Posted by GPP on September 26, 2003
In Reply to: Re: Hillbillies, Hillbilly posted by Smokey Stover on September 26, 2003
: : :
: : : Hill-Billies
: : : ( Billies who live on the hills )
: : : King "Billy", the dutch protestant King of England (William of Orange)who vanquished catholic King James, is the hero of the "Scots-Irish" or "Scotch-Irish" people. Billy is probably the most common name amongst these group of people.
: : : The "Scots-Irish" are a Lowland Scottish, mixed ethnic - Nordic-Celtic-English people who were the driving force of British invasion and colonisation in Ireland from the 1600's onward. Great numbers of them settled in Ireland, but so many left for the USA, settling mostly in the Southern states.
: : : All resettlements in Ireland were repelled by the Irish, except for the final one, which was the replantation of the province of Ulster, during which, the Irish had suffered their greatest defeats, and had their lands confiscated and resettled, by the "Scots-Irish".
: : : Scots-Irish in Northern Ireland consider their identity as very definitely "British" - and not "Irish" - to distinguish themselves from the native Irish.
: : : However, the ancestors of many Scots-Irish descendents in the USA left Ireland at a time before history had a chance to pour salt in old wounds, with the creation of the Orange Order, and the seeds of division.
: : : Therefore, many Scots-Irish would have been more sympathetic to the idea of a free Ireland, and many more would have described themselves as Irish.
: : : Therefore, "Billy" is often quoted in textbooks as another term for an Irishman.
: : : hth
: : : E
: : That's interesting. My family is German/English/Scotch-Irish with dash of Indian. I don't care for the term "hillbilly" (depends on who is saying it). Here's what I found:
: : HILLBILLY -- "I Hear America Talking" by Stuart Berg Flexner (Von Nostrand Reinhold Co., New York, 1976): ".Mountaineer, 1834, first applied to one who hunted, wandered, or lived in the Appalachians; hillbilly , as Hill-Billy)."
: : "Morris Dictionary of Word and Phrase Origins" by William and Mary Morris (HarperCollins, New York, 1977, 1988): "hillbilly is exactly what the word implies - a rustic from the hills.The earliest example of its use comes from the turn of this century and from the vicinity of Arkansas. Then its use spread throughout the South and it became especially common in Kentucky and West Virginia."
: : "Random House Historical Dictionary of American Slang, Volume 1, H-O" by J.E. Lighter, Random House, New York, 1994. "1900.In short, a Hill-Billie is a free and untrammelled white citizen of Alabama, who lives in the hills, has no means to speak of, dresses as he can, talks as he please, drinks whiskey when he gets it, and fires off his revolver as the fancy takes him."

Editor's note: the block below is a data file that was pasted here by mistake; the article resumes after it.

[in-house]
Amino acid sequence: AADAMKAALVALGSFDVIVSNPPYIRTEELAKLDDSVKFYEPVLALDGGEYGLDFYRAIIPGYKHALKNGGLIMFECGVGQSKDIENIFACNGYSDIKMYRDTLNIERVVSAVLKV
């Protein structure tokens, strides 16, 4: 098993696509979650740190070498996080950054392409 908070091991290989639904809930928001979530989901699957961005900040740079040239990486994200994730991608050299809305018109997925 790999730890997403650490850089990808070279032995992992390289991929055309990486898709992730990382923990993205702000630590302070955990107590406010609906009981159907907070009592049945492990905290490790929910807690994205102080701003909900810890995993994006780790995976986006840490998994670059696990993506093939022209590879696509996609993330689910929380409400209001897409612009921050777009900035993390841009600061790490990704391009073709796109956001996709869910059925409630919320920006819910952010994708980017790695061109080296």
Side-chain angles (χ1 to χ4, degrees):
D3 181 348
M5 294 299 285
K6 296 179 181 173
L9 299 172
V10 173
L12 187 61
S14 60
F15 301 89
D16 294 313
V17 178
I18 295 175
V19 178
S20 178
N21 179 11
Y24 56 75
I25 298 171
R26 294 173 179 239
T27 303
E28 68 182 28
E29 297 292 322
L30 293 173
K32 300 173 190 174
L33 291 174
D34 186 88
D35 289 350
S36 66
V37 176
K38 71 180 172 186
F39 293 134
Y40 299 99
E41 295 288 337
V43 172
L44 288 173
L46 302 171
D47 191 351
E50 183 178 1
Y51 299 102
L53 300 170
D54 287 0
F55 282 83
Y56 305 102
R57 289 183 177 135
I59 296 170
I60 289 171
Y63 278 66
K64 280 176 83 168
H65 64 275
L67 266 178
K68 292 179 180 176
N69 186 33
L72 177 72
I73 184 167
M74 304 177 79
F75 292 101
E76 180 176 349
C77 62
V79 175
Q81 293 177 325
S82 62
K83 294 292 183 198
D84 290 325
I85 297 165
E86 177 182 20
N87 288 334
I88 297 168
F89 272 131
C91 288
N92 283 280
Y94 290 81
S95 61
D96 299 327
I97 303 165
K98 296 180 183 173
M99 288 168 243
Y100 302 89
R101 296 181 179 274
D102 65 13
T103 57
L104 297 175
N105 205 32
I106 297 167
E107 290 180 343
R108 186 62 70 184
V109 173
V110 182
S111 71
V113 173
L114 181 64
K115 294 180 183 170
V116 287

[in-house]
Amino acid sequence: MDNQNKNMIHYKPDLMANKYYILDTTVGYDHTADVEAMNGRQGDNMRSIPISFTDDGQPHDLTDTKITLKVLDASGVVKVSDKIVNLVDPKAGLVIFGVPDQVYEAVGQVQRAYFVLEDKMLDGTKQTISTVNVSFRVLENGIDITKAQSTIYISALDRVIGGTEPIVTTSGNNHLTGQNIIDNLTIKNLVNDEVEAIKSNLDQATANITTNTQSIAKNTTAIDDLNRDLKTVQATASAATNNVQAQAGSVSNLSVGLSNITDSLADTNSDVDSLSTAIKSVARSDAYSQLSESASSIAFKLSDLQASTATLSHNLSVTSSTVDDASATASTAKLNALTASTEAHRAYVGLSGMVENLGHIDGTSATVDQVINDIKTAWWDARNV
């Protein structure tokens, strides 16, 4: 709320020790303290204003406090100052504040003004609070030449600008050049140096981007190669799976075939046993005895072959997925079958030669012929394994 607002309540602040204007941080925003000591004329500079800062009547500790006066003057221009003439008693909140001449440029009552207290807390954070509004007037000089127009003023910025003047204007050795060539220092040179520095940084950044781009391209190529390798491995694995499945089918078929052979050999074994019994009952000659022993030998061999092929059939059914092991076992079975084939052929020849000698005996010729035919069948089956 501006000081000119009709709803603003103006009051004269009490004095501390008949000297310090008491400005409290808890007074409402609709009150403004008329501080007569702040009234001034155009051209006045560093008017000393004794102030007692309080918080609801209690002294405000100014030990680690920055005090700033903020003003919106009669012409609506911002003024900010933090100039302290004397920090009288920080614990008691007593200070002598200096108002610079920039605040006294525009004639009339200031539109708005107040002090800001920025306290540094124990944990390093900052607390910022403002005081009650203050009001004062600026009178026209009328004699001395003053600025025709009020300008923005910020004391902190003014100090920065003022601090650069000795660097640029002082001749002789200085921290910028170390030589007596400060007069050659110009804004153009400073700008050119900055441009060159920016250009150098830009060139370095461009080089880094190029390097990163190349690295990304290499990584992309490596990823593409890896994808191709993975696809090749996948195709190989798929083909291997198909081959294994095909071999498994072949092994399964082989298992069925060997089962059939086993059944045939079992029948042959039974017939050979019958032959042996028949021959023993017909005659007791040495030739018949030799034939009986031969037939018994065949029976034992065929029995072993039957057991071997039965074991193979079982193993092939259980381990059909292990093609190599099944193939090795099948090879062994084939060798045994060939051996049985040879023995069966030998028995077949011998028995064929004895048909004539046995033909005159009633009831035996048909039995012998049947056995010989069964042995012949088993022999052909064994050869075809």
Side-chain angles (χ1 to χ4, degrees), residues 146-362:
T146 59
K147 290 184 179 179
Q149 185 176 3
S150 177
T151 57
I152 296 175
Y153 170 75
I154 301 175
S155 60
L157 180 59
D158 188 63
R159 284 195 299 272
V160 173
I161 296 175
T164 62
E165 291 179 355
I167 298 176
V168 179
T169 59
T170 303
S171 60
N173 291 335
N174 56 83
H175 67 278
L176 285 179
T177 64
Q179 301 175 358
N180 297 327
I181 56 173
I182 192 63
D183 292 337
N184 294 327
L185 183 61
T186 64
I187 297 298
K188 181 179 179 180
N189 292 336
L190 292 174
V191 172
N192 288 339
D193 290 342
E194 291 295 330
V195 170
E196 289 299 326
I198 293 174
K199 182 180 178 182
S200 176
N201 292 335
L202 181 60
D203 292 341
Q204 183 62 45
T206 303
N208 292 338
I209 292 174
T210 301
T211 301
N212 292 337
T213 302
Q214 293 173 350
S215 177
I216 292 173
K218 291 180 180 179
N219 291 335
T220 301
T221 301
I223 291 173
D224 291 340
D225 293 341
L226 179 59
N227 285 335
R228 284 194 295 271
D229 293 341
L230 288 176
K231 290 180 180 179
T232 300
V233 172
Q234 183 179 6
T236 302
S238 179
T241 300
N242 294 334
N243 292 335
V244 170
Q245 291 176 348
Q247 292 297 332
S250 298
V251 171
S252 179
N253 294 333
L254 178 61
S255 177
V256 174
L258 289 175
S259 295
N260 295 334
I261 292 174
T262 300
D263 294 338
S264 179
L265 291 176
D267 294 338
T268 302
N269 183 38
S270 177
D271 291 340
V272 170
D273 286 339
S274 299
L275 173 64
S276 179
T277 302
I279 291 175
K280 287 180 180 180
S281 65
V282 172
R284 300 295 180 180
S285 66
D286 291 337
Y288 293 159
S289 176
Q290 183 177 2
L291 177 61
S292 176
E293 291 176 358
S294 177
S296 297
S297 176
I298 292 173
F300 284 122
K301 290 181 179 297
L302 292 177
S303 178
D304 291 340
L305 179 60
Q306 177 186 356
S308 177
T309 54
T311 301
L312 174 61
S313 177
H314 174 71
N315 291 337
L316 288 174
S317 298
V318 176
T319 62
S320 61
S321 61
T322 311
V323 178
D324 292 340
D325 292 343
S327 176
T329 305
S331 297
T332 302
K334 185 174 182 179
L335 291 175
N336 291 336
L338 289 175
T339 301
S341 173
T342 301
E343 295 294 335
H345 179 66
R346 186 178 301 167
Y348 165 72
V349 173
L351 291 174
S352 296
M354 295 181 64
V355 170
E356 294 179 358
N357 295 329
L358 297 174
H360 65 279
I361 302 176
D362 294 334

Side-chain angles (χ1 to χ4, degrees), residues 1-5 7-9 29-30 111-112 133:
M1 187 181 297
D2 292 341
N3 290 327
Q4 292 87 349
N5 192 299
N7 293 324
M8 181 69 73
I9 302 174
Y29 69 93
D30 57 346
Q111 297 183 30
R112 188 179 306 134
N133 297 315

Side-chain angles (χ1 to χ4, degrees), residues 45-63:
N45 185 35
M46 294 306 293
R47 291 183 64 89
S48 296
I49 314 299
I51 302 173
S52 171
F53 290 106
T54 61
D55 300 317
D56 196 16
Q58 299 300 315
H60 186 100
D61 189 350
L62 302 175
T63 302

: : The follow-ups preceding this have been very interesting, but I think they may insufficiently emphasize the contemptpuous connotations of the term "hillbilly," at least before WW 2 and before the era of political correctness. Hillbilly is a mostly jocular, but also derogatory, term used to characterize dwellers in the backwoods, but mostly in the southern Appalachians of the U.S. Supposedly hillbillies were mostly unemployed yokels, with little education and little money, who spoke a peculiar dialect of English, were suspicious of strangers and were usually armed with rifles used to shoot varmints (small mammals) for eating. Supposedly in-breeding and feuding were rife among the hillbillies of Appalachia, and the booze of which they drank too much was moonshine. Al Capp's "Li'l Abner" and his fellow Dogpatchers captured humorously some widespread views of Appalachian life.
: lOther commentators have pointed out that the true part of this picture is that the southern Appalachians were settled to a significant degree by Scotch-Irish (or, more politically correct, Scots-Irish) immigrants, who retained a lot of customs of folkloric interest including their dialect, of which remnants are found in the language spoken there today. TheScotch-Irish were originally inhabitants of SW Scotland who migrated to Ulster. A large number were recruited to do so by James I of England, who wanted to dilute the always troublesome Irish of Ulster. When the potato famine struck Ireland, thus exacerbating the normal state of poverty, the Scotch-Irish, like other Irishmen, climbed into overloaded boats to get to America. Not all went to Appalachia, but some did, and found a harsh geography with few roads. When coal mining came to Appalachia few of the poverty-stricken natives could afford to value their health above the money they could earn in the mines, and black-lung disease became a large public-health problem. (Safety measures and environmental laws are rarely enforced in southern coal mines.) Although coal miners are not exempt from the term hillbilly, in practice a miner not in the mine is usually in too poor health to get around to be photographed or interviewed by curious northerners. During the Depression the poverty of Appalachia ceased to be funny, and so did the term hillbilly. When it is used today, it is always in a purely jocular or satirical context.
Sorry, Smokey, your post went up while I was still typing mine; I hadn't meant to fork the thread. All I said was,
"Note that in the US the term 'Scotch-Irish' is nearly always used, rather than 'Scots-Irish'."
Concerning your comment about PC, Scots-Irish is definitely un-PC in Ireland and the UK, but so far as I'm aware, not at all in the US.